French as a second language programs
Get information about French as a second language (FSL), including FSL programs available at Ontario schools.
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Since French is one of Canada’s two official languages, French is taught in Ontario’s English-language school boards.
Students in Ontario's publicly funded English-language schools are required to:
- study French as a second language (FSL) from Grades 4 to 8
- earn at least one credit in FSL in secondary school to obtain the Ontario Secondary School Diploma (OSSD)
Benefits of learning French as a second language
Students have significant advantages when they speak more than one language. Learning another language helps students:
- strengthen their problem-solving, reasoning and creative thinking skills
- develop their understanding and appreciation of diverse cultures
- increase their competitiveness in an increasingly global job market
- enhance their first-language and overall literacy skills
Learning FSL helps students:
- understand Canada’s history
- develop an appreciation of French culture
- participate in an increasingly globalized economy
FSL programs are for all students in English-language boards, including students with special needs and English language learners.
Directions for planning the delivery of curriculum to students with special education needs are included in all curriculum policy documents, including those for FSL.
There are three FSL programs in Ontario:
Students learn French as a subject. At the elementary level, students must accumulate a minimum of 600 hours of French instruction by the end of Grade 8. At the secondary level, academic, applied and open courses are offered for Grades 9 and 10. University preparation and open courses are offered for Grades 11 and 12.
In the extended French program, students learn French as a subject and take at least one other subject where French is the language of instruction. At the elementary level, at least 25% of all instruction is provided in French.
In the extended French program, students accumulate seven credits in French:
- four for FSL language courses
- three for other subjects in which French is the language of instruction
In the French immersion program, students learn French as a subject and take two or more other subjects where French is the language of instruction. At the elementary level, at least 50% of all instruction is provided in French.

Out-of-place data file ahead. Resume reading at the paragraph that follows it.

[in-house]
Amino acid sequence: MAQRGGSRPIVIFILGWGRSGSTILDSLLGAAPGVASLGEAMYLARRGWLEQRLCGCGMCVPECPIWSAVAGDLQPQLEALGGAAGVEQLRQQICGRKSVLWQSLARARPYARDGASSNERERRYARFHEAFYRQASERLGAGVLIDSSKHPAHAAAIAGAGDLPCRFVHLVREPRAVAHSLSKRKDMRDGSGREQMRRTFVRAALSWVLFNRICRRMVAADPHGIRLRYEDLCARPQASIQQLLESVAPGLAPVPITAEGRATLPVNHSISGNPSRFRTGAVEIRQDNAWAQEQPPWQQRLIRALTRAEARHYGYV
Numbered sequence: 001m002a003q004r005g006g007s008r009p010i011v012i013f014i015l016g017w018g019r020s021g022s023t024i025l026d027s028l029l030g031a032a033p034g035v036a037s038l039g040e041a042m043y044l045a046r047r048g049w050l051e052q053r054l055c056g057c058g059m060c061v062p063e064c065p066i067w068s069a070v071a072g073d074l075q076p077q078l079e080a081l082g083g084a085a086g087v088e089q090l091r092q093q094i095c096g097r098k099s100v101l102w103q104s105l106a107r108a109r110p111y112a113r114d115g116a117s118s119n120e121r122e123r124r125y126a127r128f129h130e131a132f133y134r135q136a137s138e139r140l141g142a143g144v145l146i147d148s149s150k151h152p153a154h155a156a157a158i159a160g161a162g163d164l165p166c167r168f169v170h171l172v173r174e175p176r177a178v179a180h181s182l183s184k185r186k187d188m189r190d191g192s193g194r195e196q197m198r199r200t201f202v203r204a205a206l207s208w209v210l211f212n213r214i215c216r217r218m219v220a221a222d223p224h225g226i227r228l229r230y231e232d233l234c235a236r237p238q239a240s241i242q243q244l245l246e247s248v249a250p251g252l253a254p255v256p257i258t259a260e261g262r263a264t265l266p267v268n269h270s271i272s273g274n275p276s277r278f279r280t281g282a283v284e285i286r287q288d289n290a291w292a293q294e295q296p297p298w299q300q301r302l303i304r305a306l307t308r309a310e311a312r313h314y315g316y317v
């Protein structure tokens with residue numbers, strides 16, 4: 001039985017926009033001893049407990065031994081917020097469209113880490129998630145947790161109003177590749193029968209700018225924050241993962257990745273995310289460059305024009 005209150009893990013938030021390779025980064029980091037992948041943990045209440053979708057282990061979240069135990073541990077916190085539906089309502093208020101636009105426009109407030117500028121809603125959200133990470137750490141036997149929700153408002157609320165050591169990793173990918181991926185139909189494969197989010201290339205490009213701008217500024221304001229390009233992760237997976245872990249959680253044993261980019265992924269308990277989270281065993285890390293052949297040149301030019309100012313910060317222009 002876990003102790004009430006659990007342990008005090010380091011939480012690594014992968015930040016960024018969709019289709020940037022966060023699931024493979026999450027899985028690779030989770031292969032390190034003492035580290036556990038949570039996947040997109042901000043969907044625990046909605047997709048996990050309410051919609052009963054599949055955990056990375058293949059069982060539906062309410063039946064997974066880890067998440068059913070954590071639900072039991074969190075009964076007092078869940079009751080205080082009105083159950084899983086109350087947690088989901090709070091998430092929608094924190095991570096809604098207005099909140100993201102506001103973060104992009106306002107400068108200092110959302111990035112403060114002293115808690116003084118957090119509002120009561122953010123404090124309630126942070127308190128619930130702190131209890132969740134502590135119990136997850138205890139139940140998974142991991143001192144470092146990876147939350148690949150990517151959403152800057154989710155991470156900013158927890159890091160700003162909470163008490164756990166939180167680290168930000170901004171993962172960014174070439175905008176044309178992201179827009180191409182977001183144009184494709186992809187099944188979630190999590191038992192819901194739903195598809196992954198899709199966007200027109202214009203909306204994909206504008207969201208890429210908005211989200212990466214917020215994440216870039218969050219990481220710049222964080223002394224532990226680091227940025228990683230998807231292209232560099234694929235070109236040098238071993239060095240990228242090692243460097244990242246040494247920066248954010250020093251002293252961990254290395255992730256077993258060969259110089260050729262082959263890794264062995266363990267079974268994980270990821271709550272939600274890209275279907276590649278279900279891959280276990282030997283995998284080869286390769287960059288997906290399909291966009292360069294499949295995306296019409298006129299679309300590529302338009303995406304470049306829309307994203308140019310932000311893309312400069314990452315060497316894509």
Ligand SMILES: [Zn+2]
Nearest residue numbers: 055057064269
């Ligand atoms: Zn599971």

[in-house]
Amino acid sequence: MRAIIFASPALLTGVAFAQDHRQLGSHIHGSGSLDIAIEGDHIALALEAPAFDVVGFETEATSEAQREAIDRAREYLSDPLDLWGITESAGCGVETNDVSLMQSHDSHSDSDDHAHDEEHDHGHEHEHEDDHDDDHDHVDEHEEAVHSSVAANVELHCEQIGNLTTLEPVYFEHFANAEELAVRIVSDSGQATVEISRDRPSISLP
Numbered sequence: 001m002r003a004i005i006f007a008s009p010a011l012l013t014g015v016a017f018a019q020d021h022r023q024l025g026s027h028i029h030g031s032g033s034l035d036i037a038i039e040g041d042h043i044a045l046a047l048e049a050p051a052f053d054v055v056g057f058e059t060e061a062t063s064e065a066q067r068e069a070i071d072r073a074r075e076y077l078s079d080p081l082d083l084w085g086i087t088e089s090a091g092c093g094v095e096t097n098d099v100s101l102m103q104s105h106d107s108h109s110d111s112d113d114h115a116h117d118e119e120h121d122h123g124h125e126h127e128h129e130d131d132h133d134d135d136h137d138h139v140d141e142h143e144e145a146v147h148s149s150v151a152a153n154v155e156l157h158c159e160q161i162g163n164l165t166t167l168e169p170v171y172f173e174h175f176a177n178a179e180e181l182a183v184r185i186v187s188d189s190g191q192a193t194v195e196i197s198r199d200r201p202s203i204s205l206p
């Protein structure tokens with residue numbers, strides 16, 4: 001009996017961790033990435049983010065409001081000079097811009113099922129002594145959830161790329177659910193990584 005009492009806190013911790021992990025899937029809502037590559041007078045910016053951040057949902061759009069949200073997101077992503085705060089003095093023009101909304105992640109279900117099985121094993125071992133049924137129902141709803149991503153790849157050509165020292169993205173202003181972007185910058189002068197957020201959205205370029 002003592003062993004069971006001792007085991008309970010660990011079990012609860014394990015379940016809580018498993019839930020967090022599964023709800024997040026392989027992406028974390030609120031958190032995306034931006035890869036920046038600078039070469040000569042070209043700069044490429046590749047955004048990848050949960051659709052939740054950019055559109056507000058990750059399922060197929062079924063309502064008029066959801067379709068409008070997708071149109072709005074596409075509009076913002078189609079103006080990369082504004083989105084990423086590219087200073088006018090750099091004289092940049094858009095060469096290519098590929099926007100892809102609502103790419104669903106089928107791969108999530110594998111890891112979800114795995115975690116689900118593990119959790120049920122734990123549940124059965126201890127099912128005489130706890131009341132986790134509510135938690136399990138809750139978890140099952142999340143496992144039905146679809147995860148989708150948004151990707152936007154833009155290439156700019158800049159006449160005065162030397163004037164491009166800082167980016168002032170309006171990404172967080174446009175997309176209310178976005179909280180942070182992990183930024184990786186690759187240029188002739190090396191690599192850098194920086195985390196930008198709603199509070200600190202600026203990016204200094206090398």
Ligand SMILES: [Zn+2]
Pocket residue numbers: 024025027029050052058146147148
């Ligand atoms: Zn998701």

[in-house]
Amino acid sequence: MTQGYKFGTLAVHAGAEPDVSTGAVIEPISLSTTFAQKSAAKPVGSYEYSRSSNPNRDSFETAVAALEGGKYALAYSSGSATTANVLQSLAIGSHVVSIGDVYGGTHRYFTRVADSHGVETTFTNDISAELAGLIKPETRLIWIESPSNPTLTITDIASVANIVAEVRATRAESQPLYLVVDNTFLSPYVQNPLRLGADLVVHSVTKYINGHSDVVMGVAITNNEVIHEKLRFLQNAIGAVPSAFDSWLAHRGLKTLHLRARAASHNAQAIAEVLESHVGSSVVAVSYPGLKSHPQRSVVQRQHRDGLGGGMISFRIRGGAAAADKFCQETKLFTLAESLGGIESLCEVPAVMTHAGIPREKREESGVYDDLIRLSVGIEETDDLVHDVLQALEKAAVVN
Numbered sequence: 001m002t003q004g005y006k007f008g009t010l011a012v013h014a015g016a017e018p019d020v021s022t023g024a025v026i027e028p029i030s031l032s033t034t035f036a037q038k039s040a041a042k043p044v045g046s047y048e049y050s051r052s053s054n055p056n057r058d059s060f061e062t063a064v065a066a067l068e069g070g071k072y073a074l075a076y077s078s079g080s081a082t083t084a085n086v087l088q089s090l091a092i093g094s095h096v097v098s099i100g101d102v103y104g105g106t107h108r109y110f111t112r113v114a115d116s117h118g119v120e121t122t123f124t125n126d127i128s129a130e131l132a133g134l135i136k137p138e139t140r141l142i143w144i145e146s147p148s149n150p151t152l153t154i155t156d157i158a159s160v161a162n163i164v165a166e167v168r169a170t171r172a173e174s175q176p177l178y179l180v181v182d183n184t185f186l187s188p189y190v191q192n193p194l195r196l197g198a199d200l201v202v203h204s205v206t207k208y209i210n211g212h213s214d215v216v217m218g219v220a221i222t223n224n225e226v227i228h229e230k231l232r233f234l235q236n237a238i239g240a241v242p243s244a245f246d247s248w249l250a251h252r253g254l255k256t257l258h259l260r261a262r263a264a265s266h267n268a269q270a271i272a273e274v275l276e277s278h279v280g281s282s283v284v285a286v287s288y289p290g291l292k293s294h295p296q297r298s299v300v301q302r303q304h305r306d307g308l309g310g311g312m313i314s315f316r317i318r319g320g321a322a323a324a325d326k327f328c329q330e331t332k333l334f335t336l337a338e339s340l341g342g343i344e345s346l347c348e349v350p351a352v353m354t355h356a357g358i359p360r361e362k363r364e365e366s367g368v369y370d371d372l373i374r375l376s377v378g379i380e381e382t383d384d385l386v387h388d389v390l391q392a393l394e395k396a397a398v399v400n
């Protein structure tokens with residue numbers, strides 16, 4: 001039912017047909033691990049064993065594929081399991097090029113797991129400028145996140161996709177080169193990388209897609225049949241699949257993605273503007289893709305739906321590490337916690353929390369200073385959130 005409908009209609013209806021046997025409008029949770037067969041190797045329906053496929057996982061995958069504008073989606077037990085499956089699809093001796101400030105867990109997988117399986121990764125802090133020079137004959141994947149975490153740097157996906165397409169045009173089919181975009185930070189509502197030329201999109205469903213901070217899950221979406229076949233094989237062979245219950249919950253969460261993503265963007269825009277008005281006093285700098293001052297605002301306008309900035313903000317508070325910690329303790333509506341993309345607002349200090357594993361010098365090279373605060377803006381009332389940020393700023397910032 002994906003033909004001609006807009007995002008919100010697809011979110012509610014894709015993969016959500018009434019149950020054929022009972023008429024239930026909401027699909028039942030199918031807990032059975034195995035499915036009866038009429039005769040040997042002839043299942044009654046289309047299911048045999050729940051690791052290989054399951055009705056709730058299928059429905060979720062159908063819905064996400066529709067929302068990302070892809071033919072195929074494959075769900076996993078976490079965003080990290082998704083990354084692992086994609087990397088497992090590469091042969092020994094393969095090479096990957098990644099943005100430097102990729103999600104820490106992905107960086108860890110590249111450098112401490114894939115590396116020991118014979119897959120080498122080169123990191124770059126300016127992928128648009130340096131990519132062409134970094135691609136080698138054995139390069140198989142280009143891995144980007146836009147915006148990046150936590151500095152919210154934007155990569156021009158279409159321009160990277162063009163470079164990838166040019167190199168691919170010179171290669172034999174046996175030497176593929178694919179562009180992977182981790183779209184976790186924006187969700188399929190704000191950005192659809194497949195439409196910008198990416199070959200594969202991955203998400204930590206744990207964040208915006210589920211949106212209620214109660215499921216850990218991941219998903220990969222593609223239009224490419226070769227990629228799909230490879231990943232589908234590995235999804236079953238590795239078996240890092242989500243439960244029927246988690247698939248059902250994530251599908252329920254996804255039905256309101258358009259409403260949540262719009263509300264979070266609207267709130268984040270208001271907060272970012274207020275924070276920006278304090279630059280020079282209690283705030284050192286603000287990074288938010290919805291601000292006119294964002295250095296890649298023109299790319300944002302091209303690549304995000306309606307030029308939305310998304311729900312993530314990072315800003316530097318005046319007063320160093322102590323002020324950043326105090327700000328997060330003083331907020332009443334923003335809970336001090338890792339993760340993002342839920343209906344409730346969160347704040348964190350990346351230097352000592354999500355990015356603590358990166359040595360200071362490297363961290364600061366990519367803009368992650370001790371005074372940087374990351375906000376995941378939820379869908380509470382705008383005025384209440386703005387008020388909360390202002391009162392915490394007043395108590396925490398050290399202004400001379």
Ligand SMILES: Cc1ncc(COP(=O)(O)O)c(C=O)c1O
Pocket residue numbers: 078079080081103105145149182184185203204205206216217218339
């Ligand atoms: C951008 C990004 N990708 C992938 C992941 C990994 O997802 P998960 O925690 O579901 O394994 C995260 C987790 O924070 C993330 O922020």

In the French immersion program, students accumulate ten credits in French:
- four for FSL language courses
- six for other subjects in which French is the language of instruction
Student's proficiency in French increases based on the amount of time and the level of intensity of instruction in French.
School boards have the option of offering extended French and French immersion programs based on local demands and resources. Decisions to establish these programs and their structure, such as when students can enter the program, are made by the local school board. Students in these programs are not in the core French program.
Talk to your school for more information regarding FSL programs.
Framework for FSL
We released A Framework for French as a Second Language in Ontario Schools, Kindergarten to Grade 12 in February 2013. The framework is a ten-year document that serves as a call to action and a guide to strengthen FSL programming through the cohesive efforts of educators, students, parents and communities.
Vision for FSL in Ontario
Our vision is for students in English-language school boards to have the confidence and ability to use French effectively in their daily lives.
The goals of the framework are to increase:
- student confidence, proficiency, and achievement in FSL
- the percentage of students studying FSL until graduation
- student, educator, parent and community engagement in FSL
Read the framework for FSL in Ontario schools.
Students with special education needs
The resource, A Guide for Ontario Schools: Including Students with Special Education Needs in French as a Second Language Programs, is a companion to the Framework for FSL.
It provides additional research, data and examples of inclusive practice. It focuses on:
- ways to make all FSL programs more available to students with special education needs
- the supports these students need to succeed
English language learners in FSL programs
The resource, Welcoming English Language Learners into French as a Second Language programs builds on the framework for FSL with additional research and strategies relevant to English language learners.